Engineering a polysaccharide monooxygenase for increased thermoactivity
Monday, April 28, 2014
Exhibit/Poster Hall, lower level (Hilton Clearwater Beach)
Meera E. Atreya1, Lars Giger2, Harvey W. Blanch2 and Douglas S. Clark2, (1)Chemistry, University of California - Berkeley, Berkeley, CA, (2)Chemical and Biomolecular Engineering, University of California - Berkeley, Berkeley, CA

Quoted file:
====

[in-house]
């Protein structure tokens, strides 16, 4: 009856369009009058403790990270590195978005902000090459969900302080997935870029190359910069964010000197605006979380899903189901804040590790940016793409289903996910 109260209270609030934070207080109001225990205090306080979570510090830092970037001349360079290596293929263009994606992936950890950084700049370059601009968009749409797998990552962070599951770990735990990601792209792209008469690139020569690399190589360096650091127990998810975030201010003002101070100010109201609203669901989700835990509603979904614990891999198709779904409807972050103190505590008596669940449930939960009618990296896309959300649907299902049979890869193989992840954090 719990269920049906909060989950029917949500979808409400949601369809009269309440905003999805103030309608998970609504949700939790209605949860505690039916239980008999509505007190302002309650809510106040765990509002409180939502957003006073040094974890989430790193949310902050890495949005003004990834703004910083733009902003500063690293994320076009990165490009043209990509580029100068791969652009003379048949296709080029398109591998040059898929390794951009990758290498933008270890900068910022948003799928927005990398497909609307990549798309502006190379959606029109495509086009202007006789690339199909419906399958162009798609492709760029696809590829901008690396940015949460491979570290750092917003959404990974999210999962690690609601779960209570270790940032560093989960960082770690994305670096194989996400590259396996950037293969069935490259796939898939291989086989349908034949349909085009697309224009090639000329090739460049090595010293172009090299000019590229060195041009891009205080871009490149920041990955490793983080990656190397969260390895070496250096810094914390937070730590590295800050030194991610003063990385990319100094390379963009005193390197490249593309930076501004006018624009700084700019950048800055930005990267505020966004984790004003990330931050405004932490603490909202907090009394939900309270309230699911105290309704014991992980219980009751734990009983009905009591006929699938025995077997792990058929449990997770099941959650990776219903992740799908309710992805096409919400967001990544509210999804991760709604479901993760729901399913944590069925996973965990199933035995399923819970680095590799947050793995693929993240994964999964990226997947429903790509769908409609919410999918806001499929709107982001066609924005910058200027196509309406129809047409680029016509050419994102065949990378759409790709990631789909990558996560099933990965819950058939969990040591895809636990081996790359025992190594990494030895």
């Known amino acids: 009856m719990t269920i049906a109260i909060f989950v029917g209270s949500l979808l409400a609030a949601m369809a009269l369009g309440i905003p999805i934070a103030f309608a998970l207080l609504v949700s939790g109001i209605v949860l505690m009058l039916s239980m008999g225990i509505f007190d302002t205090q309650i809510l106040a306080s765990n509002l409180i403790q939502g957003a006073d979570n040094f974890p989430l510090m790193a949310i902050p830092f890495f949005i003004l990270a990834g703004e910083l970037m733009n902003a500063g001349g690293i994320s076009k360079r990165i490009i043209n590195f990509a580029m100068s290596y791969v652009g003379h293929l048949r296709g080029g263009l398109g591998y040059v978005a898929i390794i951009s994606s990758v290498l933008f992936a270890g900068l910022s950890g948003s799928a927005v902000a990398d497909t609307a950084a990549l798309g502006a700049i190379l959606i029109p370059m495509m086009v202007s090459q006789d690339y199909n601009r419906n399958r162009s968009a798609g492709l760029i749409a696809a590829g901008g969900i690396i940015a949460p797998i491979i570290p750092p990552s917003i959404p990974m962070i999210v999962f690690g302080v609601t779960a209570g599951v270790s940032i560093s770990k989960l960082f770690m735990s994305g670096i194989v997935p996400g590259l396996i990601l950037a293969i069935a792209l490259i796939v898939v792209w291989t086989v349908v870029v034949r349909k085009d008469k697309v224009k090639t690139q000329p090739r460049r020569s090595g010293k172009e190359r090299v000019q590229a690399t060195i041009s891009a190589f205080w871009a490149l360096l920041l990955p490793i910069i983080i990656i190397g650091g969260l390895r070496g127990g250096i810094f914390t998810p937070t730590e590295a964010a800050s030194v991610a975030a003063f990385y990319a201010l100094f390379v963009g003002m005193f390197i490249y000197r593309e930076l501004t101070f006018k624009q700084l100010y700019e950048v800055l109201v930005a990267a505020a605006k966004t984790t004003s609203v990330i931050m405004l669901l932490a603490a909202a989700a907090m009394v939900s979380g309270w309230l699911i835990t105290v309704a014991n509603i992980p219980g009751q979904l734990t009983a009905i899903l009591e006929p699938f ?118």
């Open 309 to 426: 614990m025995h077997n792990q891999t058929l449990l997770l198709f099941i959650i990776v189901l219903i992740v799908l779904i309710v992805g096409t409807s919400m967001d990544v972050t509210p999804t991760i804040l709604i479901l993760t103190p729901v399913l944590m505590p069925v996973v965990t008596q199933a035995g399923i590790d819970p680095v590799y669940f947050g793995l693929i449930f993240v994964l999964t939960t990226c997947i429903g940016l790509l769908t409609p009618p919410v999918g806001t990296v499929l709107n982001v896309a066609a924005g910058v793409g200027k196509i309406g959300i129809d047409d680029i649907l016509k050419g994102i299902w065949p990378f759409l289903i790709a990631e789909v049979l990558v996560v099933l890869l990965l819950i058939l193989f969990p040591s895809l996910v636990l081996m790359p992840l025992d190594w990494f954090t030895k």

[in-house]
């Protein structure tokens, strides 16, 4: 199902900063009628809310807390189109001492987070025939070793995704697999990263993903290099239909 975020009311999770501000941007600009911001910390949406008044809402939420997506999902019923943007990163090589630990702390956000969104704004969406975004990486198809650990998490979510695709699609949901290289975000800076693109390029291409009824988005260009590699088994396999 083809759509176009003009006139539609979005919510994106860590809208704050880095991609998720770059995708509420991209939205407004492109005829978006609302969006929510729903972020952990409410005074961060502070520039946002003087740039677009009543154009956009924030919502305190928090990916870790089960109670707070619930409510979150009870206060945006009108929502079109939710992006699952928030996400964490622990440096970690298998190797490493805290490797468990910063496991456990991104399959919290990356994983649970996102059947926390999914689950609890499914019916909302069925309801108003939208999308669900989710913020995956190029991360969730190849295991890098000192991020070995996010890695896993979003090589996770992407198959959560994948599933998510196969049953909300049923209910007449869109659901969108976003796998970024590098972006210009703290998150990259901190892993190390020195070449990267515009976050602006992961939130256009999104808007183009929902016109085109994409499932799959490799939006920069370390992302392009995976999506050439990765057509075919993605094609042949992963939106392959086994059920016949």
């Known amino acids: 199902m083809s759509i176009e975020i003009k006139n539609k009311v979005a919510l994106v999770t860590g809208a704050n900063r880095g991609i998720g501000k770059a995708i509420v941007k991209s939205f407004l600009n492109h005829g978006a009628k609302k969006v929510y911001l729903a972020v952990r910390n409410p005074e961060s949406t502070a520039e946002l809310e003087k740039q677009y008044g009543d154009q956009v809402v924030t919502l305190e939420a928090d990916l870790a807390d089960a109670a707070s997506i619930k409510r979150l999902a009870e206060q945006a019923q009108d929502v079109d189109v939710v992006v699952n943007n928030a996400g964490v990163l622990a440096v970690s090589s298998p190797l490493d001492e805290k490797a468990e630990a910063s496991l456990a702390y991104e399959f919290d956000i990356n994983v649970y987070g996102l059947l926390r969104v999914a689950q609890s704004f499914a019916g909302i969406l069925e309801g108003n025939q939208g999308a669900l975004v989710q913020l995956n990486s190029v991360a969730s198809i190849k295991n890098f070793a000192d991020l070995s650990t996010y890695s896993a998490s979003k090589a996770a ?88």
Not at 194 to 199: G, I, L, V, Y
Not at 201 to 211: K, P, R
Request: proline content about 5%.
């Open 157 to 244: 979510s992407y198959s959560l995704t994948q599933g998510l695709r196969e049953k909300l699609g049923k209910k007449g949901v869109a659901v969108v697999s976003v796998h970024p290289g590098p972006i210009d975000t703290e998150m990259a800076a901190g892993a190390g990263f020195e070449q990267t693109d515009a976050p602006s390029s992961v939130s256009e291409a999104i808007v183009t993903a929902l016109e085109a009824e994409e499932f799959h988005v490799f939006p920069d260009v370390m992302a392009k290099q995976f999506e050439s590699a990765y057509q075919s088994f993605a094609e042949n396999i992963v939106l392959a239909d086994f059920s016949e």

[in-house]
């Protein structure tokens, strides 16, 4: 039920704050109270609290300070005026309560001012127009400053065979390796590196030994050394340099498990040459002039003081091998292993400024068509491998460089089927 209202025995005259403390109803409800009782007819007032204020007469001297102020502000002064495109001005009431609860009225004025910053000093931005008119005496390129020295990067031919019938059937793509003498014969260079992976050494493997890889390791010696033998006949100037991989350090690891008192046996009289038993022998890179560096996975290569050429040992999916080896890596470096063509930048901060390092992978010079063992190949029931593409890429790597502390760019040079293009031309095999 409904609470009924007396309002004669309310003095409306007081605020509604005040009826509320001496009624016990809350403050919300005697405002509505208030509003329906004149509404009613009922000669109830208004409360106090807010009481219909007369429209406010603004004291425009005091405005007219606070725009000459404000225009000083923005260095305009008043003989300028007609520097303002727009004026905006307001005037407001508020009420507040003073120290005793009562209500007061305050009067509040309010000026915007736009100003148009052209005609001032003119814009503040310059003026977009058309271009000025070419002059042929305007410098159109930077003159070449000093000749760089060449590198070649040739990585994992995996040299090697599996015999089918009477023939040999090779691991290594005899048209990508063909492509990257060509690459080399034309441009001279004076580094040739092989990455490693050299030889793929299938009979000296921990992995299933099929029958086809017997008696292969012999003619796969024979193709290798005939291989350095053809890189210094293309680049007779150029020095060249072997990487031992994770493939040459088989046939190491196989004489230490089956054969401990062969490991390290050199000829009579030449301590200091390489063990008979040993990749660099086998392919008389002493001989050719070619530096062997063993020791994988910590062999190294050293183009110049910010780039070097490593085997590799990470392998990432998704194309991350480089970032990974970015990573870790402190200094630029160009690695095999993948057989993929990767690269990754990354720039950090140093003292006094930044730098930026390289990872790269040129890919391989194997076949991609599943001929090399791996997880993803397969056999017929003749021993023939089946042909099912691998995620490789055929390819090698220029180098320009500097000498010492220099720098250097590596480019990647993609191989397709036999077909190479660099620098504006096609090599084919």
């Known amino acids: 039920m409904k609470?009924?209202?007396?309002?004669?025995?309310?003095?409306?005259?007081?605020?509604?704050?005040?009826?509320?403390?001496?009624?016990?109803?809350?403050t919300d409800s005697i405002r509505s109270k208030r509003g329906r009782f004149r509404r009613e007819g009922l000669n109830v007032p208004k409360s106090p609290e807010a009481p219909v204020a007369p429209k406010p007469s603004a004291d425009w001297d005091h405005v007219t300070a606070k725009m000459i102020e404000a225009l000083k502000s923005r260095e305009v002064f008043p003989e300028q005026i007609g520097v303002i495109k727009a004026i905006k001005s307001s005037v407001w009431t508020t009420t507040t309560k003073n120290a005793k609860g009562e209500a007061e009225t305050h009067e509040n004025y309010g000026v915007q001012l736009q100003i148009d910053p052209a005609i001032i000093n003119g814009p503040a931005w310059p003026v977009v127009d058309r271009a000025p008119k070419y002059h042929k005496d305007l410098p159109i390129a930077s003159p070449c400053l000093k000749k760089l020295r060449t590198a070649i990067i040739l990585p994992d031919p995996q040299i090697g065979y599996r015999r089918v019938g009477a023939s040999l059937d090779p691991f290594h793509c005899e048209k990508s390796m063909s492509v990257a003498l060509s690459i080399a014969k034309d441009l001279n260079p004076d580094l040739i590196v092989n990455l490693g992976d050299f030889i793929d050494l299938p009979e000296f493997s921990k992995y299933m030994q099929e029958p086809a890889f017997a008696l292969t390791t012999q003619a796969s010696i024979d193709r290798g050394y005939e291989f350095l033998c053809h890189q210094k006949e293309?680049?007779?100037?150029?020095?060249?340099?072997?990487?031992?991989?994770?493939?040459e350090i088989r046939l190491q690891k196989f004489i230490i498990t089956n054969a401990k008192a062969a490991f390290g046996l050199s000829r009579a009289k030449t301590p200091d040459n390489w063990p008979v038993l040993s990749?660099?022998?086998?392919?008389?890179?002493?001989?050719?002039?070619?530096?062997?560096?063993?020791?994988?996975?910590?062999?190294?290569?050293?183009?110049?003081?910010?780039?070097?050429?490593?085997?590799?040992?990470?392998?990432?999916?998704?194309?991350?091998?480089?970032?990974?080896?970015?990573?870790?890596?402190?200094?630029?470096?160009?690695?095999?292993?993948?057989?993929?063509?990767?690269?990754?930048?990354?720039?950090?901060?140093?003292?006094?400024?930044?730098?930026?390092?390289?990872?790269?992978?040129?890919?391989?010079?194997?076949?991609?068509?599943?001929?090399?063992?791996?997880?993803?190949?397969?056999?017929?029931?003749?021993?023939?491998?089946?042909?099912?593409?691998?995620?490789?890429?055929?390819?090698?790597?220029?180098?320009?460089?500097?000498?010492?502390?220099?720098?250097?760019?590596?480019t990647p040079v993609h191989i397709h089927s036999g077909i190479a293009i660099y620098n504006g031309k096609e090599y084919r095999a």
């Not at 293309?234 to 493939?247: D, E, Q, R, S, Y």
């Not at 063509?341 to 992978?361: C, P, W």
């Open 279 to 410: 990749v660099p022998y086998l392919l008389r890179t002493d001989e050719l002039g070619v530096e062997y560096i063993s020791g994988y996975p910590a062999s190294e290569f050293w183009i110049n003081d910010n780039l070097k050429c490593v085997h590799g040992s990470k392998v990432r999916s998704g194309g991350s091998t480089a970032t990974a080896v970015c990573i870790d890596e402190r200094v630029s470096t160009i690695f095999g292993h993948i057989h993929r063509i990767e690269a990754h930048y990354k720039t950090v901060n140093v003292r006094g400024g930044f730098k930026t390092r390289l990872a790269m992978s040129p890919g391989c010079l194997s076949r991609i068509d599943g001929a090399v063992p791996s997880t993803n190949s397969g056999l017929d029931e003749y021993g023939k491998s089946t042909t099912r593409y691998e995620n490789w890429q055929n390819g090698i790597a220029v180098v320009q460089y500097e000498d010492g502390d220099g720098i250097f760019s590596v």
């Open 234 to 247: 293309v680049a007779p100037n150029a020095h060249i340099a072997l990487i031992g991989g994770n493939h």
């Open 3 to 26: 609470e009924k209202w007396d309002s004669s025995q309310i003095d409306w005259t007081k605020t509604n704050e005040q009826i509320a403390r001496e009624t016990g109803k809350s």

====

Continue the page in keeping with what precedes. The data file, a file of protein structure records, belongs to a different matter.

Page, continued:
Polysaccharide monooxygenases, or PMOs, are a class of enzymes capable of oxidatively cleaving crystalline cellulose.  PMOs are of great interest due to their ability to dramatically improve the productivity of enzymatic hydrolysis, in which lignocellulosic biomass is depolymerized into sugars.  Such efficiency improvements translate to more cost-competitive biofuels.  As second-generation biofuel processes grow to scale, performing hydrolysis at higher temperatures (~70˚C instead of 50˚C) would improve the process by affording a higher biomass loading and by decreasing the risk of contamination.  Our aim is to alter the thermoactivity of a PMO enzyme, using directed evolution, such that the enzyme will be suitable for high-temperature biomass depolymerization (alongside thermostable hydrolases).  This would represent the first example of PMO engineering, and would facilitate an efficient, high-temperature depolymerization process